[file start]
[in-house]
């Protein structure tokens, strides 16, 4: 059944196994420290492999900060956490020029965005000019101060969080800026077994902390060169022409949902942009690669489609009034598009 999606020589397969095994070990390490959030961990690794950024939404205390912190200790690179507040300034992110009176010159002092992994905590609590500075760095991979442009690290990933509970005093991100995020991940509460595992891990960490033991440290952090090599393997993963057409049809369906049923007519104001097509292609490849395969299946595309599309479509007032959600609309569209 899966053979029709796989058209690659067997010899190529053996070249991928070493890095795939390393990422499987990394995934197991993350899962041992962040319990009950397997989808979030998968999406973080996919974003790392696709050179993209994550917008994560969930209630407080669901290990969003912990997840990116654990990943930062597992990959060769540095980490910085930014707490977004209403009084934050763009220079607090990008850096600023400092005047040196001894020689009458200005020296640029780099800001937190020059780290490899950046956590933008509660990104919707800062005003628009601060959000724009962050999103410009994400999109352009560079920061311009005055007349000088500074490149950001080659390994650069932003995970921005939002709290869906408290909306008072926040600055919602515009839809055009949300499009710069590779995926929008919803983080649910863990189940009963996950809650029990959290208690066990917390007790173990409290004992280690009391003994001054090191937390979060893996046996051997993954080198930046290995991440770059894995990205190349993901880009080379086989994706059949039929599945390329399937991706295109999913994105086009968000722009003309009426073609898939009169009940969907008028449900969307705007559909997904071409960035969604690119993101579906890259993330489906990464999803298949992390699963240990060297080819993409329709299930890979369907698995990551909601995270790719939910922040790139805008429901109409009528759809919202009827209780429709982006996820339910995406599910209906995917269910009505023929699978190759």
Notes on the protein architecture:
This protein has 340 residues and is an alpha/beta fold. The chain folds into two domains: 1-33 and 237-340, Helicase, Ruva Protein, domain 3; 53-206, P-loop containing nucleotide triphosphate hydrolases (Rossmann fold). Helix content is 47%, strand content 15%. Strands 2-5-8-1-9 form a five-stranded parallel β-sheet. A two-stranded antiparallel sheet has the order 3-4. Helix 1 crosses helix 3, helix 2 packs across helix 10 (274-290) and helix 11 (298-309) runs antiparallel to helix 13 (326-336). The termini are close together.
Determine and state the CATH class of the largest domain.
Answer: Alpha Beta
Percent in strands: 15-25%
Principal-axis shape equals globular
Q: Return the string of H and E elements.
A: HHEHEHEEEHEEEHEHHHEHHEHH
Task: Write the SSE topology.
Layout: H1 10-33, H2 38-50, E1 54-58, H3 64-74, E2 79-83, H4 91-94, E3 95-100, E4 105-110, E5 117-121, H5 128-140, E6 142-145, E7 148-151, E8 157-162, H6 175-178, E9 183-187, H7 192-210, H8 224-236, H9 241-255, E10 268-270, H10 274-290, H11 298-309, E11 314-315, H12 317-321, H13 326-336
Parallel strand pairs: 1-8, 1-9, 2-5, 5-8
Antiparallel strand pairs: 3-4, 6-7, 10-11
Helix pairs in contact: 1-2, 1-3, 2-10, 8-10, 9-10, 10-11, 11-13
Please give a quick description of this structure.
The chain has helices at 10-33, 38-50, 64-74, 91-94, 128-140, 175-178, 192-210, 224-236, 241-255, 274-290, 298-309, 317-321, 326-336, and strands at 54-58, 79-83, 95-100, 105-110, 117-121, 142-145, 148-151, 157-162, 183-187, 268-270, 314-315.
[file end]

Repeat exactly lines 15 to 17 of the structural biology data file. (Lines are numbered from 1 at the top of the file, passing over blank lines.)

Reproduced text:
Helix pairs in contact: 1-2, 1-3, 2-10, 8-10, 9-10, 10-11, 11-13
Please give a quick description of this structure.
The chain has helices at 10-33, 38-50, 64-74, 91-94, 128-140, 175-178, 192-210, 224-236, 241-255, 274-290, 298-309, 317-321, 326-336, and strands at 54-58, 79-83, 95-100, 105-110, 117-121, 142-145, 148-151, 157-162, 183-187, 268-270, 314-315.